Jacobson disappearance, Part 2: Police file reveals suspicion fell on husband in 1996 North Dakota case
A Forum News Service exclusive, from the full police case file: A re-investigation by the Bismarck Police Department into the disappearance of a mother and son explored the possibility of foul play, tracked phone and insurance records, and led to increasingly pointed questions for a family member.
Editor's note: This is a multiple part series examining the investigation into the 1996 disappearance of 35-year-old Sandra Jacobson and her son, 5-year-old John Jacobson. To read part 1, click here .
BISMARCK — Sergeant William Connor was a patrolman for the Bismarck Police Department on the frigid 1996 November morning Sandra Jacobson’s vehicle was discovered near the banks of the Missouri River in North Dakota.
It was on that bitter cold day that the department received a report that a 35-year-old woman and her 5-year-old son had gone missing. With Sandra Jacobson’s purse located on the passenger’s seat, police officers were able to match the vehicle owner’s identity with that of the missing person.
Burned in his brain were the memories of searching the riverbanks — he recalled the family of Sandra and John Jacobson begging him to do his best to scour the area. Despite his best efforts, no trace of the missing mother and son were found.
“I had a K-9 at the time and so I was down along that river for several hours that night,” Connor said in a recent interview with Forum News Service. “It was horrible cold. I can remember that, and it was way below zero, the wind was howling, the river was already freezing up.”
In 2004, Connor was reminded of the case through a phone call by the Missing and Exploited Children’s Center. Just like that, he was taken back to that day — and he got curious.
That curiosity fueled Connor’s quest to re-open the investigation. While he initially set out to update the case through the collection of DNA from family members, he ended up spending years attempting to gain answers to questions the initial investigation failed to obtain.
Connor's new investigation, revealed in a police file exclusively obtained by Forum News Service, details Connor's hunt through phone and insurance records, and hard questions for Alan Jacobson, husband to Sandra and father to John.
Forum News Service has made multiple attempts to contact Alan Jacobson to request an interview, without success.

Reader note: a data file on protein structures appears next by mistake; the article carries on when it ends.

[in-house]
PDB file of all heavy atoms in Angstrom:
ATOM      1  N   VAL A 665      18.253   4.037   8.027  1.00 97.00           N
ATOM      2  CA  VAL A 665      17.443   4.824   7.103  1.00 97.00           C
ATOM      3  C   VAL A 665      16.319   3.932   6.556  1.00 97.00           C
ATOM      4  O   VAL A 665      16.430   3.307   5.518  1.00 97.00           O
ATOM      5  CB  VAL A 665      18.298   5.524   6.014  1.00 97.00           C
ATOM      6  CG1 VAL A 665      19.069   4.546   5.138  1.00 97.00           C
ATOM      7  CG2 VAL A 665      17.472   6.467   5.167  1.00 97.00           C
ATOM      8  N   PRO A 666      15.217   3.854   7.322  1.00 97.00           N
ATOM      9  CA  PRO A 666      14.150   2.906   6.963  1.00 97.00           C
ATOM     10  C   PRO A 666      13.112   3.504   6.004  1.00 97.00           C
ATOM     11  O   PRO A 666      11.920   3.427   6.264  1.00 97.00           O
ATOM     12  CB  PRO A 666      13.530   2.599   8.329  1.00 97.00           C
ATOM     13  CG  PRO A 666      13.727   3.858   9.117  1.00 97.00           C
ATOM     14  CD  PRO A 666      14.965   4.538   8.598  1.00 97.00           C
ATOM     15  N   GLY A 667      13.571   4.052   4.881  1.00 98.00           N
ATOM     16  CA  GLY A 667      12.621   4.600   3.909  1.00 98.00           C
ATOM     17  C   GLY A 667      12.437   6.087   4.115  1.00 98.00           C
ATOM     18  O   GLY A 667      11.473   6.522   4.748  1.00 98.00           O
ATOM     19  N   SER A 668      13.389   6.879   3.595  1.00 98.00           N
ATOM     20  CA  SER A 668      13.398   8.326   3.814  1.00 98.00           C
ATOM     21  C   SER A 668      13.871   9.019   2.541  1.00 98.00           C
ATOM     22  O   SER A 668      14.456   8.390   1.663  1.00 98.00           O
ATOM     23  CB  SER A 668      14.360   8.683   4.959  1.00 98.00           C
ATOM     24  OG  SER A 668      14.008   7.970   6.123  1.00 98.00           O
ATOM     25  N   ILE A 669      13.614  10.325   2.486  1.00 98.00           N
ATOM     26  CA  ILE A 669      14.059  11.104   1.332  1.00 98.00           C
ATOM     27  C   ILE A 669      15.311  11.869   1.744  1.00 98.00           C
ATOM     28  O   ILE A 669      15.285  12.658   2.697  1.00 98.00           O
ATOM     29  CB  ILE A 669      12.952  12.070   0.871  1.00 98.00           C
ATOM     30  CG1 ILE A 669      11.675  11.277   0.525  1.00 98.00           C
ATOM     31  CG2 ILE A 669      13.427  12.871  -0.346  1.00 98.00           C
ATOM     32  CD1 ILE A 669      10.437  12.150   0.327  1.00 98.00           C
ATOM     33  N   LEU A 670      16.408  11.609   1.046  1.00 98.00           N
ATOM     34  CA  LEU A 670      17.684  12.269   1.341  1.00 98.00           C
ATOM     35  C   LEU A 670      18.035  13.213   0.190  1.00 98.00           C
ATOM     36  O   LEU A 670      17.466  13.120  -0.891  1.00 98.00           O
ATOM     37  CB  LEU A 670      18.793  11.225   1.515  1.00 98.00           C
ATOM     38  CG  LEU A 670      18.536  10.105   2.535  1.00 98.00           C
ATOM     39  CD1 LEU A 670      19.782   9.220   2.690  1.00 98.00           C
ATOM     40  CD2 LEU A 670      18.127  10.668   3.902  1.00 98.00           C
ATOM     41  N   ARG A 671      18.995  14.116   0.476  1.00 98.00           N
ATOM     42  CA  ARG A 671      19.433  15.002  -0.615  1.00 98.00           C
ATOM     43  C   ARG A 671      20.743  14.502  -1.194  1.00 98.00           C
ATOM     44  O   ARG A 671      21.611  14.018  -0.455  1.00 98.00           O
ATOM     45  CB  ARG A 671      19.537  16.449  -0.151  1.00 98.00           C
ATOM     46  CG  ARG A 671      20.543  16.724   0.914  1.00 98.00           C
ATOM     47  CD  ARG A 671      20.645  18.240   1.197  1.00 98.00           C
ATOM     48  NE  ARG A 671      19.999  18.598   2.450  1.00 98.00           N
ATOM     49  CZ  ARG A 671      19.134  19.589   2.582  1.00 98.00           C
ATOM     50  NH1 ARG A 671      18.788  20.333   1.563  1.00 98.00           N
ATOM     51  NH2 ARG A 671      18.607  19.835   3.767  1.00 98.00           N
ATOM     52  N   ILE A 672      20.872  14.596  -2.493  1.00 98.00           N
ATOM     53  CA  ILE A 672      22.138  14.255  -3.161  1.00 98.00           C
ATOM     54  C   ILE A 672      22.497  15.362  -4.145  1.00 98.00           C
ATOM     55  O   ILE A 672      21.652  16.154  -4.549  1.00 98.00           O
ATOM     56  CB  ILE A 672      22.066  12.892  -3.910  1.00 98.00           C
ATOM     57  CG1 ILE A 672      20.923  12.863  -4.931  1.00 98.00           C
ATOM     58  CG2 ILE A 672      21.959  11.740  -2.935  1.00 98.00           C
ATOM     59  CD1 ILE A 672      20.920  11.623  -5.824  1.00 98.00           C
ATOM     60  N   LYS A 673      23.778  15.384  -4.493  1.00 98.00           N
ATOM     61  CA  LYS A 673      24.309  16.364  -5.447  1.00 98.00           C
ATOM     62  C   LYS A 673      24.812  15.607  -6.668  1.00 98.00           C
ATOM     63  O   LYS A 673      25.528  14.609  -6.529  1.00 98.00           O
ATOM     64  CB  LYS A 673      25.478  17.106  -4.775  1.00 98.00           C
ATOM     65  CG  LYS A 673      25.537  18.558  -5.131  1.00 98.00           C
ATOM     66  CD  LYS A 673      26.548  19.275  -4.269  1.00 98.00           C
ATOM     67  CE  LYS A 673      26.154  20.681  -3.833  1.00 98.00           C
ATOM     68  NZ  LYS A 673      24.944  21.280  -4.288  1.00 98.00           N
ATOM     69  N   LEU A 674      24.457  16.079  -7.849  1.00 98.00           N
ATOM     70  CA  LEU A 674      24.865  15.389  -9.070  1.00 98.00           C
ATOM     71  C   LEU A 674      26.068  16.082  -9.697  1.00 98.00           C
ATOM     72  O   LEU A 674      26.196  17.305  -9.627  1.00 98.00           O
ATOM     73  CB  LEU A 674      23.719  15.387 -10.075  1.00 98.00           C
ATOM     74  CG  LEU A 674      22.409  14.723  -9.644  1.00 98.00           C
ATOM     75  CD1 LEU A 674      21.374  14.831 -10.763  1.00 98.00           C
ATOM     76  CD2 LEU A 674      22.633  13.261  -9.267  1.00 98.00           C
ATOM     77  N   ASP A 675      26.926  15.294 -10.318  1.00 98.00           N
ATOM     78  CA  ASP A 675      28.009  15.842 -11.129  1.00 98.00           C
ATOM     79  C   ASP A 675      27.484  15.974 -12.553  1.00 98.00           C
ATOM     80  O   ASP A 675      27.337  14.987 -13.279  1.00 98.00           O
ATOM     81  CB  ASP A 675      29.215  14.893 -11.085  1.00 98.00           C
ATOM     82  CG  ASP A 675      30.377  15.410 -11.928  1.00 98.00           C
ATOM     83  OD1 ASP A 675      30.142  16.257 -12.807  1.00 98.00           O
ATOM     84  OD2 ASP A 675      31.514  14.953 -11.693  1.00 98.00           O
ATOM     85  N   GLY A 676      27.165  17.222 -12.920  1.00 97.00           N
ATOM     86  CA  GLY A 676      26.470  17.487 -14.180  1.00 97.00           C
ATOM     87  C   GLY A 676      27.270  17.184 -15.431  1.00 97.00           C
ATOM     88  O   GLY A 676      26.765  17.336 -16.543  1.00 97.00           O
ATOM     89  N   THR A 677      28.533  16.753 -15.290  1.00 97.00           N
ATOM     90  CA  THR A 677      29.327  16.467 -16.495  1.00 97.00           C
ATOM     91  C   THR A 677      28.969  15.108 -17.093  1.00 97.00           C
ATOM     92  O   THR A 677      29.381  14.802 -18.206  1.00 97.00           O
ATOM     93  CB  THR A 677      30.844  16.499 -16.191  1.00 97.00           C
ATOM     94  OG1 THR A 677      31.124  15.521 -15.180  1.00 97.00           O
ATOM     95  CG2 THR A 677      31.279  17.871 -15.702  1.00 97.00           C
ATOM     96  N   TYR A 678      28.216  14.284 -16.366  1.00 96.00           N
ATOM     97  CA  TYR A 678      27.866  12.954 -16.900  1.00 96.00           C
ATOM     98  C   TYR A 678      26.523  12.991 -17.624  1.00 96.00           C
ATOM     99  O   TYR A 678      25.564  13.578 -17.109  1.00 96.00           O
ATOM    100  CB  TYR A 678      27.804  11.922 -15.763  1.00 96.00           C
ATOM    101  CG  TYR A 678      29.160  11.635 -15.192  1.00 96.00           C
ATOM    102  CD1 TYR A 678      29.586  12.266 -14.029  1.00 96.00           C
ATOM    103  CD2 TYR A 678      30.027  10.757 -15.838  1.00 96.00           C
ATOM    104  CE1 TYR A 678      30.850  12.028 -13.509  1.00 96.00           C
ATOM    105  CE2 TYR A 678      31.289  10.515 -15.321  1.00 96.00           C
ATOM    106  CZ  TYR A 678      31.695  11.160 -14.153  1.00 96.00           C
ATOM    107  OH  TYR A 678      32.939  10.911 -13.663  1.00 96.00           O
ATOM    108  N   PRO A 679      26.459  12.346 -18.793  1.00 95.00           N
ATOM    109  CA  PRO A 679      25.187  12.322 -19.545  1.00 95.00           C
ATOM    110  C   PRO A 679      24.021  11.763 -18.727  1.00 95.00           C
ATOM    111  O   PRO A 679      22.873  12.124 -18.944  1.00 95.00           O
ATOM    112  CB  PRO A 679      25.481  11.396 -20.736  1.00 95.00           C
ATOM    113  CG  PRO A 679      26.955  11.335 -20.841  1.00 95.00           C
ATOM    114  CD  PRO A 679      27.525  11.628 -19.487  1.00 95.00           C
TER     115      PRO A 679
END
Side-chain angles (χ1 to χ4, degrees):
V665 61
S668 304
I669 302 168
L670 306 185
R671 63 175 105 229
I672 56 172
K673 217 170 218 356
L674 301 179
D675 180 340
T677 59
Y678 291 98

A father’s refusal
The Missing and Exploited Children’s Center representative told Connor they attempted to reach Alan Jacobson several times to obtain pictures of Sandra and John Jacobson for the missing poster the organization was putting together. They had also requested his DNA for age-enhanced photos of his son, John Jacobson.
The organization turned to Connor to help them out.
Connor reached out to Sandra Jacobson’s family members, who were more than willing to provide pictures and submit DNA samples — simple mouth swabs — to aid in the investigation.
In April 2005, Connor sat down with Alan Jacobson at the police station with a long list of questions — among them were a few related to his cooperation with the Missing and Exploited Children’s Center.
When pressed about the topic, Alan Jacobson told Connor that he had sent in the photos they requested. That caught Connor off guard.
“He said he had mailed them pictures of Sandy and John in the beginning and since he has seen they did an age enhanced poster of John,” Connor wrote in the follow-up report. “I told him that I had sent the pictures of John and Sandy that they created the posters with.”
Alan Jacobson admitted he did receive the DNA kit. While he understood his DNA would be used in efforts to find his son, he wasn’t interested in returning a sample.
Alan Jacobson told Connor that he and Sandra Jacobson were working on getting back together when she and their son went missing. He said they even went so far as to go to couples counseling, which they sought through the Employee Assistance Program included in Sandra Jacobson’s benefit package. According to Alan Jacobson, he was the only one who showed up to their appointment.
Connor set out to verify that claim. If true, it could shed light as to the nature of their relationship at the time of the disappearance.
After locking down a subpoena, he obtained documents from the Employee Assistance Program, which did not include a record of Alan Jacobson attending a couples counseling appointment. That was a red flag for Connor.
“If Alan attended a session with Employee Assistance as he said he did in the interview I would have been provided with that record,” Connor wrote in the follow-up report.
There was another question Connor had for Alan Jacobson. When reading through the original report, he noted Alan Jacobson told Turnbull in 1996 that Sandra had “off the wall” conspiracy theories that he was having affairs.
He asked Alan Jacobson if he had been involved in extramarital relationships during their marriage. This time, Alan Jacobson had a different answer.